Construction Jobs on the Rise in Manitoba
Construction will continue to be a leading industry in Manitoba over the next decade with the new residential home building and electrical utility sectors reaching record high employment levels. Industrial, commercial, and institutional construction will also see steady gains.
The Construction Sector Council’s (CSC’s) report Construction Looking Forward, 2012 to 2020 Key Highlights for Manitoba, released this week, says that the Manitoba construction industry is entering a second decade of strong expansion. Strong gains in both residential and non-residential markets will keep unemployment rates low, and industry may face challenges meeting the expanding demand requirements over the next several years.
The non-residential construction sector continues to exhibit steady growth driven by a number of major utilities projects underway and scheduled. “The proposed construction projects translate into strong demand requirements with industry facing the risk of potential skill shortages and recruiting challenges over the next few years,” Dave Martin, executive director of the Allied Hydro Council of Manitoba, said in a release.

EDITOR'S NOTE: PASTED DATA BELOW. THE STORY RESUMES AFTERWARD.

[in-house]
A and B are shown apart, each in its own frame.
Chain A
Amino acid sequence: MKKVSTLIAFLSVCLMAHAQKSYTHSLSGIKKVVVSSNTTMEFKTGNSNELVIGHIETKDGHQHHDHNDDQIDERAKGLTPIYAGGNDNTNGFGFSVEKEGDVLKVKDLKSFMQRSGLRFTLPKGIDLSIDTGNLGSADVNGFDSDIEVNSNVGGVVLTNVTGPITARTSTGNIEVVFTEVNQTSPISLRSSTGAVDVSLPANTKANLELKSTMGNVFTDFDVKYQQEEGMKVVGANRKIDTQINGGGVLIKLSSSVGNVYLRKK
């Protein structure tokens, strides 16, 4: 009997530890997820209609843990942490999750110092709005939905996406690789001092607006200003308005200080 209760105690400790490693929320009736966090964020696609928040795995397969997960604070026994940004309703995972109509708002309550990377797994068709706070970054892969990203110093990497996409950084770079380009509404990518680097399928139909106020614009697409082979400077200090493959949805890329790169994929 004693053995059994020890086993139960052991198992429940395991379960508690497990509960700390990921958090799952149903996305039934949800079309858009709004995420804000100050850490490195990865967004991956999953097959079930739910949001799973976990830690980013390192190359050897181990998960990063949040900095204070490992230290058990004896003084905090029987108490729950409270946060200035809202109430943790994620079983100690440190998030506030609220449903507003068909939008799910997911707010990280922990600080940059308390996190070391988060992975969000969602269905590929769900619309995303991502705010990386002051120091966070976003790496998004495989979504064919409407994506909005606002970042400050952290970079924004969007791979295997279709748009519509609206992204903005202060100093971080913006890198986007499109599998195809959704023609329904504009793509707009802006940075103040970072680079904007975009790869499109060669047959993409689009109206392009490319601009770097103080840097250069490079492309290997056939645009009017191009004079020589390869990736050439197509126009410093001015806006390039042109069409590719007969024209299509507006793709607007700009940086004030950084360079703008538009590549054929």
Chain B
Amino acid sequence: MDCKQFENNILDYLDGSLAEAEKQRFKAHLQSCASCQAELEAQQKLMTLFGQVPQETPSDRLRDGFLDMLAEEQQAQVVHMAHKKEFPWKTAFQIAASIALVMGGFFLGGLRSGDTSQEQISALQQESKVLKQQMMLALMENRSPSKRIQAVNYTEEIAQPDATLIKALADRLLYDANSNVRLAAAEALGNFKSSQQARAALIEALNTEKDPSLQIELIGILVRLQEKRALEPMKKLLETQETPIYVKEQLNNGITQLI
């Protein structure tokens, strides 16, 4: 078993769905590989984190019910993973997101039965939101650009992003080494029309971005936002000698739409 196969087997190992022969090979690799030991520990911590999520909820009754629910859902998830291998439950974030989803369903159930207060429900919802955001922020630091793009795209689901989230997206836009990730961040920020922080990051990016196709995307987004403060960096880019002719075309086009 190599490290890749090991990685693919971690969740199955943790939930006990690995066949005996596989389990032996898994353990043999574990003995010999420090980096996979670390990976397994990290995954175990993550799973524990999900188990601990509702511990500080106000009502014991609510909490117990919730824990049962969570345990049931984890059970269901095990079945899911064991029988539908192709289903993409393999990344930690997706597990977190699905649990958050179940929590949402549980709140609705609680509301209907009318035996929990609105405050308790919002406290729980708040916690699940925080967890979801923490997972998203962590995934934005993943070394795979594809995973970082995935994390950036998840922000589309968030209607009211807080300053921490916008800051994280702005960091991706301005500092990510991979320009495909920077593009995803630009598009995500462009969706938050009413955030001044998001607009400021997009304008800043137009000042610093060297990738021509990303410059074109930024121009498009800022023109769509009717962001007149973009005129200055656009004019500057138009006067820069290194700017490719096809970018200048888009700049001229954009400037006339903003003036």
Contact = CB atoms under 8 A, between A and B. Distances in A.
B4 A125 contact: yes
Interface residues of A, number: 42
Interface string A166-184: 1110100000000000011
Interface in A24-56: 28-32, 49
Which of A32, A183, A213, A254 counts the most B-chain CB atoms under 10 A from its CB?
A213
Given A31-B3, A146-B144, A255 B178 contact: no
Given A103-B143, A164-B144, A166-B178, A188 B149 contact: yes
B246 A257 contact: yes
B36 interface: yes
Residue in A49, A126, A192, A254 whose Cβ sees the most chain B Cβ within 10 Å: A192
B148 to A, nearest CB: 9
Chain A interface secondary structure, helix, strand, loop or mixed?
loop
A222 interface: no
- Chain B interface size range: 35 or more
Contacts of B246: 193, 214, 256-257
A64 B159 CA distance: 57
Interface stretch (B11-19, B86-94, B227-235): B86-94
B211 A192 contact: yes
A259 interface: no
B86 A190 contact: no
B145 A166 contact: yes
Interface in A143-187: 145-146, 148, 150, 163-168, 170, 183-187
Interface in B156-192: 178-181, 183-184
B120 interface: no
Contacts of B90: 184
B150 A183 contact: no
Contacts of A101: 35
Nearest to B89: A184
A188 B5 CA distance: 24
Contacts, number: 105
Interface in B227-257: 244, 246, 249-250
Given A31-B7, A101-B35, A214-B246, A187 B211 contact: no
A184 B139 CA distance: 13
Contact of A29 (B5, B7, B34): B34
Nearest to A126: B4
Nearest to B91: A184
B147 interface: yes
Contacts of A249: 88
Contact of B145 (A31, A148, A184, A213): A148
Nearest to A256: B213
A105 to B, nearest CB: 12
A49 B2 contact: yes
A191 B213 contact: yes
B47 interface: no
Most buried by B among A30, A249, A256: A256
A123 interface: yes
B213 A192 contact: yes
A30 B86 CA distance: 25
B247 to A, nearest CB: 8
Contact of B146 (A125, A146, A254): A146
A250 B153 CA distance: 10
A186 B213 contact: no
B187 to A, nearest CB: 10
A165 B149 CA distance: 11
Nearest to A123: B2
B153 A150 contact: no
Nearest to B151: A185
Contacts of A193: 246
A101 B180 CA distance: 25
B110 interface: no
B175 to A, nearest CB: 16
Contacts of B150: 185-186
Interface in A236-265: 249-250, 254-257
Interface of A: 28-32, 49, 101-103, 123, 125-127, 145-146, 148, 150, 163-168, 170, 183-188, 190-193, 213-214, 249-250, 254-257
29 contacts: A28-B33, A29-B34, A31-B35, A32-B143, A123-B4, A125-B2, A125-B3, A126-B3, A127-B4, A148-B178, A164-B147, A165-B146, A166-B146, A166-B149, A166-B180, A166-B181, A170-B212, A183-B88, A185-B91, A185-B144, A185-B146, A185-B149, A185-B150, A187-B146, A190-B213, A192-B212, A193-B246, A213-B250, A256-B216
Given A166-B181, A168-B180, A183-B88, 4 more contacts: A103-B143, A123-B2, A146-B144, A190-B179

“Industry stakeholders will need to carefully manage worker mobility, not only across projects, but across provinces,” he said, noting that “the industry has experience in the recent past with recruiting skilled workers from other markets.”
The construction labour force is estimated to rise by 9,100 workers from 2012 to 2020 in response to increased construction activity, and 6,900 workers are expected to retire. Industry will need to recruit 16,000 workers over the next decade to meet industry demand requirements. Sustained recruiting efforts that target a variety of sources, including youth, women, Aboriginal people, other industries and immigrants will continue to be a priority for the industry.
“Clearly, labour markets will continue to be tight and stakeholders are focusing on apprenticeship, industry training and immigration processes to help meet emerging requirements,” said Ron Hambley, executive VP of the Winnipeg Construction Association. “These types of programs must remain a priority, as construction will be in competition with other industries and regions for workers.”